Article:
Merton-style dynamic portfolio theory is an especially clear case of a benchmark characterization. The actual portfolio weights depend on value function derivatives, which are not known in most environments. Textbooks repeated the optimal portfolio in terms of unknown value function derivatives for 30 years before the first attempts, cited above, to actually compute those derivatives for simple environments. Evidently, the Merton characterization of portfolios was and remains a conceptually valuable benchmark even without full solutions or realistic computations.
B. Dynamics and Traded Assets
On the other hand, the dynamic portfolio strategies that investors use to implement optimal payoffs can be trivial. If indexed perpetuities and a long-run mean-variance efficient payoff were traded—or if financial firms created them, as they created index funds—then investors would simply buy those payoffs. Investors would not even rebalance over time. Dynamic portfolio theory is only hard when, for some reason, the supply side of the market does not directly provide the payoffs of interest to investors.
This observation gives an extreme example of how sensitive portfolio strategies are to changes in market structure, and suggests again why calculating dynamic strategies is an (important) financial engineering question rather than the way to generate economic intuition.
This observation also suggests that thinking about optimal payoffs is useful for creating securities, or for explaining existing market structures. If more investors were asking for coupon-only real bonds, more securities firms would sell them, and the investor's “dynamic portfolio theory” would become the firm's risk management problem. More basically, why do stocks pay dividends and bonds pay coupons? Consumers could in principle synthesize such securities from dynamic trading of stocks that repurchase shares instead of paying dividends and zero-coupon bonds. But if dividends and coupons reflect the optimal final payouts many consumers desire, it may be less surprising that these are the basic marketed securities.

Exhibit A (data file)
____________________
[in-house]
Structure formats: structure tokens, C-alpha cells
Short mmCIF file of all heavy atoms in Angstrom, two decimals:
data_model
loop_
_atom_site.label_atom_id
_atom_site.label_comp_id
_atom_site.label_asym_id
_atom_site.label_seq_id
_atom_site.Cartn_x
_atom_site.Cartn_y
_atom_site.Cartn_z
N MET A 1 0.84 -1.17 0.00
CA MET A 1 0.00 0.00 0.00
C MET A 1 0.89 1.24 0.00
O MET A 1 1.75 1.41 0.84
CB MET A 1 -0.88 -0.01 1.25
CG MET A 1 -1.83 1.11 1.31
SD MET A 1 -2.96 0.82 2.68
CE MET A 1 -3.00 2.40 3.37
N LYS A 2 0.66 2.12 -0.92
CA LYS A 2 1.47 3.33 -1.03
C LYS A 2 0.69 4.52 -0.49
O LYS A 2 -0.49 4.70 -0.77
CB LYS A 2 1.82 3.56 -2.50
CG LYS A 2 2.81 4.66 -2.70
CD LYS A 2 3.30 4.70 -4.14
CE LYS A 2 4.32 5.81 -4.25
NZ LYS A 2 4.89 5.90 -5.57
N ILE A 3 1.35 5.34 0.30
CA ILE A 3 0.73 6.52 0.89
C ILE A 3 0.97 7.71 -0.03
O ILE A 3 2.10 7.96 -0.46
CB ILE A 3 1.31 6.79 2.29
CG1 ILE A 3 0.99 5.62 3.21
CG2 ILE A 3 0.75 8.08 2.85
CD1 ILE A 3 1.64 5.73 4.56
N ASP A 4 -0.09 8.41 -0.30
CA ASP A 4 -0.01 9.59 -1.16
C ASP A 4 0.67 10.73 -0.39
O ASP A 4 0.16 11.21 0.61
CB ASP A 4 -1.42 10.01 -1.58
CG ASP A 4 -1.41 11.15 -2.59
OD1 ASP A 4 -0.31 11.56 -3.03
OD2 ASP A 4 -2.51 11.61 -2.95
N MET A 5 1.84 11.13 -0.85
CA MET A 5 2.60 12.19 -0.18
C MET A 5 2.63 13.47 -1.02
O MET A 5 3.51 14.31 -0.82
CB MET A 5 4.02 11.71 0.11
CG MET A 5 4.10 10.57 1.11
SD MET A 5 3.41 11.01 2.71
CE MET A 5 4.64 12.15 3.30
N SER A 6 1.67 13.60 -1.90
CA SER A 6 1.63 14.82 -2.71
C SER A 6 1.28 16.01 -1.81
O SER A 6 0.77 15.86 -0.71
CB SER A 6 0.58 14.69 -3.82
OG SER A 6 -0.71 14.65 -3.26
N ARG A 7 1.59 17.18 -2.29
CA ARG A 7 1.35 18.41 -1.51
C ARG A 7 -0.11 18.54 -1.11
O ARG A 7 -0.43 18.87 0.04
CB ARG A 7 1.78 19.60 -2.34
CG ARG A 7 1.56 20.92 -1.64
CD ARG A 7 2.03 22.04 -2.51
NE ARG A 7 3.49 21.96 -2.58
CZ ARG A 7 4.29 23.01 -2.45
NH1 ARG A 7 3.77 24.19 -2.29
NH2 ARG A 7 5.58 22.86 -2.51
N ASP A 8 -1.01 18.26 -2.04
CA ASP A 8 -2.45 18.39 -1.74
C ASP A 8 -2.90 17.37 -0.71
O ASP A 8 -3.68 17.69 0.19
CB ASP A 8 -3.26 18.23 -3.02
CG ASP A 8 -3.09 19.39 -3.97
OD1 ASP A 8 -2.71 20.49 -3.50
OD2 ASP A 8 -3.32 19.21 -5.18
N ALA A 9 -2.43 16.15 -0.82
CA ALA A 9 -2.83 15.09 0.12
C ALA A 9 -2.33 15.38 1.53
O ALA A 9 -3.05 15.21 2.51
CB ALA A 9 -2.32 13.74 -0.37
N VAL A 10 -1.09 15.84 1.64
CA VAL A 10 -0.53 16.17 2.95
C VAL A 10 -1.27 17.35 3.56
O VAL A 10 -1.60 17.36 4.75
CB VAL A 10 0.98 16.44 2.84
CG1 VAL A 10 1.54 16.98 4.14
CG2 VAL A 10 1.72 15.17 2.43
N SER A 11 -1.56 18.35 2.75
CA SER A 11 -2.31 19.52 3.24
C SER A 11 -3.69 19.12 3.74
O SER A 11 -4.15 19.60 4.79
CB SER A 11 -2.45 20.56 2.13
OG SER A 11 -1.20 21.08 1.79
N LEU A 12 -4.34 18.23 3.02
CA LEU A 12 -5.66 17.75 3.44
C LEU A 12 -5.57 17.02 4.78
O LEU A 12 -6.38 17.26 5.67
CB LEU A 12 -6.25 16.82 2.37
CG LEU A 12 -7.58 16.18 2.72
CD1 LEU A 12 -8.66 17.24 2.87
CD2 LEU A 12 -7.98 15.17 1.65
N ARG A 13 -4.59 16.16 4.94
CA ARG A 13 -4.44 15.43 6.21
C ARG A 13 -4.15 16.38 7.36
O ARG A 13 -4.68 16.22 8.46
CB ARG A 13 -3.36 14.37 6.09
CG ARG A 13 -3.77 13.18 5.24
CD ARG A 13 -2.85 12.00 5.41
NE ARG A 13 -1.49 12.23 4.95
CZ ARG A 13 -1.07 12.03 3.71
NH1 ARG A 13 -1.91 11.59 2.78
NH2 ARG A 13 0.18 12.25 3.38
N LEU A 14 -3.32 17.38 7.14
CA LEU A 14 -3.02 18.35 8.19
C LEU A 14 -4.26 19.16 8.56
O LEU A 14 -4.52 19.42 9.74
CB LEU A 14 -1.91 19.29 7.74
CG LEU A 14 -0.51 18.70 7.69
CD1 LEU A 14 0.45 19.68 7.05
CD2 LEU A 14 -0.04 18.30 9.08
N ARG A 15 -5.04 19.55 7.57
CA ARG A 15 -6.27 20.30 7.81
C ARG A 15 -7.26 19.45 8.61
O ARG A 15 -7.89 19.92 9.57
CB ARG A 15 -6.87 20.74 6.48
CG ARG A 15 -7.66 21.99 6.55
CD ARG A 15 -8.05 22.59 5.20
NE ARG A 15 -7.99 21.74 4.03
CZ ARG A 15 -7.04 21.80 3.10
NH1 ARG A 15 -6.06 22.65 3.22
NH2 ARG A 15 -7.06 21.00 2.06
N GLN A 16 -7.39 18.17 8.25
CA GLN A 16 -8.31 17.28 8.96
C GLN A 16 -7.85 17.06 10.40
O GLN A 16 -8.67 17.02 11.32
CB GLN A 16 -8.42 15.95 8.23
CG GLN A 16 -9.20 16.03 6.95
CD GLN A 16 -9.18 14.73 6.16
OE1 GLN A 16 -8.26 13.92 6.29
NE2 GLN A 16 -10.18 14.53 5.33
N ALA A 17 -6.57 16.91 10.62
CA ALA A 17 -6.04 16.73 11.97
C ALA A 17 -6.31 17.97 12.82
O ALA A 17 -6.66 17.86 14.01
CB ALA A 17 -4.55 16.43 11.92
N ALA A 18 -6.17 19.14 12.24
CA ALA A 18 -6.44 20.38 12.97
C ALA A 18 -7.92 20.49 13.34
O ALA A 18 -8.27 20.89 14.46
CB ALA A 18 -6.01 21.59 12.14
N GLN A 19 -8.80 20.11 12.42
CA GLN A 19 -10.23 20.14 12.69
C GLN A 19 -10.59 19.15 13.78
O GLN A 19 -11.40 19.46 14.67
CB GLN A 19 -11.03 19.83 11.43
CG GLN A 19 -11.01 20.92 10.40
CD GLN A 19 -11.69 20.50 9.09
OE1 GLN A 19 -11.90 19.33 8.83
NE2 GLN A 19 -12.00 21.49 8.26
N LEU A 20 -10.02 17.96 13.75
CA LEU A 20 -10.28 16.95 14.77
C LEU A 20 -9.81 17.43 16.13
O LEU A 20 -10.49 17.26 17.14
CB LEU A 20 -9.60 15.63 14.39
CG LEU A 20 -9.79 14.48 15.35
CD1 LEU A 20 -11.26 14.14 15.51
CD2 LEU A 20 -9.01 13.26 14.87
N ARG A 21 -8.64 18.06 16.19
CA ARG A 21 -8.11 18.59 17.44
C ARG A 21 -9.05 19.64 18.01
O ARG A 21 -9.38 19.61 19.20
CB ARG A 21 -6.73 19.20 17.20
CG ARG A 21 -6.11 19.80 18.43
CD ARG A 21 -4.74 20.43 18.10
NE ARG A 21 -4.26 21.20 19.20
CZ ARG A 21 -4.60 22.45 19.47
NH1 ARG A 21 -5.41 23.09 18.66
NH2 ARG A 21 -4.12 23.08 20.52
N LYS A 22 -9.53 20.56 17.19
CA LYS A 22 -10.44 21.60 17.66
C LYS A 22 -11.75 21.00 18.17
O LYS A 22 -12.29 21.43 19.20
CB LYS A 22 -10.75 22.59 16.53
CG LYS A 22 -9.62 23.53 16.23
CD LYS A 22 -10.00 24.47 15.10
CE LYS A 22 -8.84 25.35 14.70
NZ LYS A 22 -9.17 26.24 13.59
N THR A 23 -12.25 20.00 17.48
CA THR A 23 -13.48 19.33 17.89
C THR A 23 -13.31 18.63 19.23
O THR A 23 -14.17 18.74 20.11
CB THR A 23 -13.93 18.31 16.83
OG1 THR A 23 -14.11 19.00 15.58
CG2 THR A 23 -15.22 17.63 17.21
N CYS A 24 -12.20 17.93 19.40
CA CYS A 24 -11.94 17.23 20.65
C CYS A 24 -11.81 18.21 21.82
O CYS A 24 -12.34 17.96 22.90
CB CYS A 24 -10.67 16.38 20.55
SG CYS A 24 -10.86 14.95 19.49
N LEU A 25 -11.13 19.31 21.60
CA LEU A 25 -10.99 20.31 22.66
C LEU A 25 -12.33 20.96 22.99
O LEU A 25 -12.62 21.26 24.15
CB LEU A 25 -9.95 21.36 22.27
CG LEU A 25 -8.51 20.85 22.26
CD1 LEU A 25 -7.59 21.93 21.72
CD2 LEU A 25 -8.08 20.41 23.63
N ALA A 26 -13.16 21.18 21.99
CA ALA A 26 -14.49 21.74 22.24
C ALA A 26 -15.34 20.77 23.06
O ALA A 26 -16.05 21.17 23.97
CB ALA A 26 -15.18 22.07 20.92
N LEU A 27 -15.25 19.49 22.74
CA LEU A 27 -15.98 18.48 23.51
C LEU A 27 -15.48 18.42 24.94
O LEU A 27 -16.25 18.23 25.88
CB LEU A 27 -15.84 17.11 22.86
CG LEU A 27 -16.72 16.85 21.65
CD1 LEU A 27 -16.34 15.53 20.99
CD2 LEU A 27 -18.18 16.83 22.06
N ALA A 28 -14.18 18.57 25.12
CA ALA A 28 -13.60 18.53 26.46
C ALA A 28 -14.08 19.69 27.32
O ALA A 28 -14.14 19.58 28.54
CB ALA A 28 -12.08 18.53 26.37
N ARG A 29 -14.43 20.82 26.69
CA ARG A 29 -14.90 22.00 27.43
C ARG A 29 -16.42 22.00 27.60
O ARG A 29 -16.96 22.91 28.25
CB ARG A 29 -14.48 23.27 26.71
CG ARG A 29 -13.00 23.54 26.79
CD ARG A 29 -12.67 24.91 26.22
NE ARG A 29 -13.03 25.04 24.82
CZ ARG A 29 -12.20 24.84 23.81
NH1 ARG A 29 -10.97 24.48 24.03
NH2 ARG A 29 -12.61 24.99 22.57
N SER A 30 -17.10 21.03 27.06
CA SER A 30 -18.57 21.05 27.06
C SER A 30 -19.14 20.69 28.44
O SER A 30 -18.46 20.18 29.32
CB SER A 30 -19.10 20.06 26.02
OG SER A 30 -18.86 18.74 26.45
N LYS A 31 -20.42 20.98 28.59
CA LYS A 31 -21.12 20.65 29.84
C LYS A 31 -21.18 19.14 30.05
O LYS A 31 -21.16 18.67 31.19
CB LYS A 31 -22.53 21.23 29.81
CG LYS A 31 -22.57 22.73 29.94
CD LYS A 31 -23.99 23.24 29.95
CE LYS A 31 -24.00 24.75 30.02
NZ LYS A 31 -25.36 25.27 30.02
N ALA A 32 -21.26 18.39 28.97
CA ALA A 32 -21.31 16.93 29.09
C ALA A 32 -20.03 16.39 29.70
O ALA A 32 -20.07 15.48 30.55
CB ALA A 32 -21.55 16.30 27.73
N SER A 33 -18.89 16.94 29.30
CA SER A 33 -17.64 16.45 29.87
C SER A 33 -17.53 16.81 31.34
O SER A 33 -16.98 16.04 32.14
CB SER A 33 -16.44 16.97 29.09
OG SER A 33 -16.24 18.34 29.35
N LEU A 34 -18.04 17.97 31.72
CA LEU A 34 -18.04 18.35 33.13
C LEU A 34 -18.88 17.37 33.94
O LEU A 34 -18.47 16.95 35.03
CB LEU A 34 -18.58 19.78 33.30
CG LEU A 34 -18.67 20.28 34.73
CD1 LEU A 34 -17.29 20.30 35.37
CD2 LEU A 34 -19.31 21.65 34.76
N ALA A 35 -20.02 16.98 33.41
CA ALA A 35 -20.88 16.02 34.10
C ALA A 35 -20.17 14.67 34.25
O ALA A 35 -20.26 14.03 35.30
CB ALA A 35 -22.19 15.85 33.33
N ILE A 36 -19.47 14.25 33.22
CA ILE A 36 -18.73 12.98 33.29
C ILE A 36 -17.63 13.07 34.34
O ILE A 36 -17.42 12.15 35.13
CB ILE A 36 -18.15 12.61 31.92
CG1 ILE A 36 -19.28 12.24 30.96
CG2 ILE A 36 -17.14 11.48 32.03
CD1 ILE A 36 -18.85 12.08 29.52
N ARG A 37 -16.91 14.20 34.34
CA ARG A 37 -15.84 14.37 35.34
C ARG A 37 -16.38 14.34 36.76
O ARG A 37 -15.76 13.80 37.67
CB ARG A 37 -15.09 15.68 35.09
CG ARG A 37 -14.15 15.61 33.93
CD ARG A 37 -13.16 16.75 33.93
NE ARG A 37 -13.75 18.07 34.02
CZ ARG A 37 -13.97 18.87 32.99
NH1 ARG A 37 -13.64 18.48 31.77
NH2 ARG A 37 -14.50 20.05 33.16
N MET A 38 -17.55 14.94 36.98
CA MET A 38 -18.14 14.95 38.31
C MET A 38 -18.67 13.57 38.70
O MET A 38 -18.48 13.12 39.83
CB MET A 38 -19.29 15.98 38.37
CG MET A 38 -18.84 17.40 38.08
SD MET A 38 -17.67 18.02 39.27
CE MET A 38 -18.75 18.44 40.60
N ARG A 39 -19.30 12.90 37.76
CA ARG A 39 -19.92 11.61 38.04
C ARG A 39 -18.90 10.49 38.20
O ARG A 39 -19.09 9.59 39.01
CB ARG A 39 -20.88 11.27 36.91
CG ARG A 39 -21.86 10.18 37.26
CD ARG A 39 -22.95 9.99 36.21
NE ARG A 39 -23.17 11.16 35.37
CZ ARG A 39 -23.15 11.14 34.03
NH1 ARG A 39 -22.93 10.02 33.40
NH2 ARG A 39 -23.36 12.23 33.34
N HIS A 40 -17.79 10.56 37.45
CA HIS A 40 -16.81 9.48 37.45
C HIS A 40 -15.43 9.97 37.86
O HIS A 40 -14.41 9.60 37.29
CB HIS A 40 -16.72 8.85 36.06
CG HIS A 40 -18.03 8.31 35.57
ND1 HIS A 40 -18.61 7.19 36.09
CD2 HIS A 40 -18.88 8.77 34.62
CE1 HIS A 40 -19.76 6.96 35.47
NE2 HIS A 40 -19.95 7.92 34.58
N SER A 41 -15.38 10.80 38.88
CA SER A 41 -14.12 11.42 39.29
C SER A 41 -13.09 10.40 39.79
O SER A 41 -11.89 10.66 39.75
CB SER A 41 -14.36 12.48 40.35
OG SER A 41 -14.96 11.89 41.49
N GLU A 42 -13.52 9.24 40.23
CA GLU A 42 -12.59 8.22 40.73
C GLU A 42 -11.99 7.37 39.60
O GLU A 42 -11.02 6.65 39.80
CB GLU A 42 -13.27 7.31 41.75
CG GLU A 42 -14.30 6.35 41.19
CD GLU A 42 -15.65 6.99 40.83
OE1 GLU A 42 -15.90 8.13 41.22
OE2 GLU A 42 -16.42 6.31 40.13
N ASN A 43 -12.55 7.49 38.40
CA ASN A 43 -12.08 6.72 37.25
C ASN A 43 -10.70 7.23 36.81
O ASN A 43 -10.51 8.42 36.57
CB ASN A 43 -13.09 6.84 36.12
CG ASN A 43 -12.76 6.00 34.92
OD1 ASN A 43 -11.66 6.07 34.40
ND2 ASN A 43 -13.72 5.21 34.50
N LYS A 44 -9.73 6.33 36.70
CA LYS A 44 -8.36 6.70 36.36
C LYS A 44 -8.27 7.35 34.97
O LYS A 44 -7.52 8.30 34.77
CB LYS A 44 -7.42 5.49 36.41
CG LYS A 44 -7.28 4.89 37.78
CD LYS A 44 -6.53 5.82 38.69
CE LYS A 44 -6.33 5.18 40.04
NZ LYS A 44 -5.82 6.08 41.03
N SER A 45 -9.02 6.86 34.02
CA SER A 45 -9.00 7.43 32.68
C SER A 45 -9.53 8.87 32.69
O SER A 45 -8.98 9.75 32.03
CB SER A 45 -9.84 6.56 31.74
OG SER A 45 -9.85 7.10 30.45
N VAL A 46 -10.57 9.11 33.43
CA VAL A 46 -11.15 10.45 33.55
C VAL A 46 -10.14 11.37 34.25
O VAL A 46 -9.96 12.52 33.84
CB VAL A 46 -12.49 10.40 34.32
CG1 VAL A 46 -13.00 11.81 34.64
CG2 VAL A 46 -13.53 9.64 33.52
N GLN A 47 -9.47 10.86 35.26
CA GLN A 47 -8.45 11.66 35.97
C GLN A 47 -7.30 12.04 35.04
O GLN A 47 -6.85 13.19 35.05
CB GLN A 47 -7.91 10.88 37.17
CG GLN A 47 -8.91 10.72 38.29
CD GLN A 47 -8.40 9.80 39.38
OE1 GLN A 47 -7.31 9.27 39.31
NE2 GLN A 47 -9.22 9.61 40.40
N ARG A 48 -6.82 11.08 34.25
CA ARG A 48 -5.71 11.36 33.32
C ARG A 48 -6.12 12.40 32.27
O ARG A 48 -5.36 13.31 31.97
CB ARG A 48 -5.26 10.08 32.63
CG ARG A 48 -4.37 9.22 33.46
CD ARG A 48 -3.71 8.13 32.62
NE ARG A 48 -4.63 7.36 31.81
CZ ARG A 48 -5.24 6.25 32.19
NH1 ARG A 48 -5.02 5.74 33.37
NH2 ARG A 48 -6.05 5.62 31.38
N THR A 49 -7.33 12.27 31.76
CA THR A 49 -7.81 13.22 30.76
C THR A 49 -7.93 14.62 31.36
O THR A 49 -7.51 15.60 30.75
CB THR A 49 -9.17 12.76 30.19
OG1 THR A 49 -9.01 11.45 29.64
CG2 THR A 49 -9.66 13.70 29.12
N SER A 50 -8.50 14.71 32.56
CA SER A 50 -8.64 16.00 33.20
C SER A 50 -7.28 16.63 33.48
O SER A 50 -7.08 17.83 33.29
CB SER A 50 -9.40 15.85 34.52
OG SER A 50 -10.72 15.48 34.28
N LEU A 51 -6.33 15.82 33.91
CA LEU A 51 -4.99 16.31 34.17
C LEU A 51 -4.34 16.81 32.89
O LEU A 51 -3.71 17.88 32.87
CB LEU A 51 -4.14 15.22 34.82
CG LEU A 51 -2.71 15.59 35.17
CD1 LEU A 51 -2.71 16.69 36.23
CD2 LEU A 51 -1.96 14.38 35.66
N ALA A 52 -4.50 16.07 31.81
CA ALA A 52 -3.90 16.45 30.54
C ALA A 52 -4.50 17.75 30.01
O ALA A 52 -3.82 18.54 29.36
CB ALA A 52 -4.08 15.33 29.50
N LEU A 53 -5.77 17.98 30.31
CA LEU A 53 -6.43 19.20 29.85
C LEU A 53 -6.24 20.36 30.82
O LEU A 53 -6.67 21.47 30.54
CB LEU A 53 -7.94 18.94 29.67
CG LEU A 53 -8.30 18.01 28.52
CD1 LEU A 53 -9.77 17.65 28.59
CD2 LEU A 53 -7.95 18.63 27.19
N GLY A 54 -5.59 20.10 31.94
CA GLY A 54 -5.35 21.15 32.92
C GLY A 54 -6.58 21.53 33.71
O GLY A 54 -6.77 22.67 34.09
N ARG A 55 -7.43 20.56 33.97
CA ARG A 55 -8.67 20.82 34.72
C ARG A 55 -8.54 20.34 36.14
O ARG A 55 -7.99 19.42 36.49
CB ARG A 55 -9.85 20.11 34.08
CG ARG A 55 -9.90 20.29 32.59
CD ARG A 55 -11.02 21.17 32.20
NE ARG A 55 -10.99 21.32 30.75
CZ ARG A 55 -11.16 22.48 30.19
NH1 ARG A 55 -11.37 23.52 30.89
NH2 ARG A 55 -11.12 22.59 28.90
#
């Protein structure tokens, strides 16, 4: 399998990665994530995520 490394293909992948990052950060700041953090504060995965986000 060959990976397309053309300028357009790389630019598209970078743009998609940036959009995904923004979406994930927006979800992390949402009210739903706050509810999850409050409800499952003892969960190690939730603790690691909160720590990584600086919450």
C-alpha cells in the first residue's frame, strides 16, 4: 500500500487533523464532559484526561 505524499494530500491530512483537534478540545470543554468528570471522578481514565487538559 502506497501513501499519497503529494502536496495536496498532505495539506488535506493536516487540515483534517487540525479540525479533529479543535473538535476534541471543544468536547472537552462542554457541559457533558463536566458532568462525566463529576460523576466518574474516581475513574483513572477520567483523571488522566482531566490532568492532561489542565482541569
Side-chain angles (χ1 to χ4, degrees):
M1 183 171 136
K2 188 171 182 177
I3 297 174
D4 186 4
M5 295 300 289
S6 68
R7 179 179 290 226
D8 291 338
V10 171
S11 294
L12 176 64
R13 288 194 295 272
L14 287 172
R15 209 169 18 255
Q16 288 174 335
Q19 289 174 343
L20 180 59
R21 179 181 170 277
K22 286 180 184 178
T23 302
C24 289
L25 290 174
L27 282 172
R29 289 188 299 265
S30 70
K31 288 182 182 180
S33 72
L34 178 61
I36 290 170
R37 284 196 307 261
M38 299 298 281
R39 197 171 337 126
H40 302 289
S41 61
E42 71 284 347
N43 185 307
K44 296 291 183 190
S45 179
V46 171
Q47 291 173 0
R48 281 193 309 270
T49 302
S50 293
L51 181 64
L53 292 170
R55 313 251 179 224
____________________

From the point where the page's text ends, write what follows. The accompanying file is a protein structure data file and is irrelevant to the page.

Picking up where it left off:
C. The Market Portfolio
Expressing portfolio theory relative to the market is an especially useful discipline. Portfolio theory seems to apply to everyone. But the average investor must hold the market portfolio, and consume from the market payoff, ignoring all tempting dynamics or additional factors. All deviations from market weights are a zero-sum game. For every investor who earns positive market alpha, another investor must earn negative alpha. We cannot collectively time the market. We cannot even collectively rebalance. Therefore, any deviation from market weights that we recommend to A must be mirrored in opposite advice given to B. If the advice applies to everyone, the equilibrium expected returns and covariances underlying the advice must change as soon as any measure of investors take the advice, in which case the advice will evaporate. If the advice seems to apply to everyone, maybe it is wrong.
Phrasing portfolio advice in terms of deviations from the market portfolio, driven by deviations of the investor from average along well-described dimensions of heterogeneity, such as risk aversion or exposure to outside risks, helps to preserve portfolio advice from this average investor conundrum. By phrasing portfolio advice based on differences between individual and average preferences, outside risk exposures, and other characteristics, we implicitly trace back seemingly attractive prices to economic fundamentals. We answer the question why the rest of the market seems to offer our investor a good deal.
Such a description may also be of practical use. Investors may not be able to answer well “what's your risk aversion?” but they may be able to answer “are you more or less risk averse than the average investor?” (Of course, they must answer that question with a bit more consistency than “are you smarter or better informed than the average investor?”) Even in standard one-period mean-variance problems, phrasing portfolio maximization in terms of deviations from the market portfolio is a standard way to get vaguely sensible answers, that is, answers that do not deviate enormously from market weights.
D. Outside Income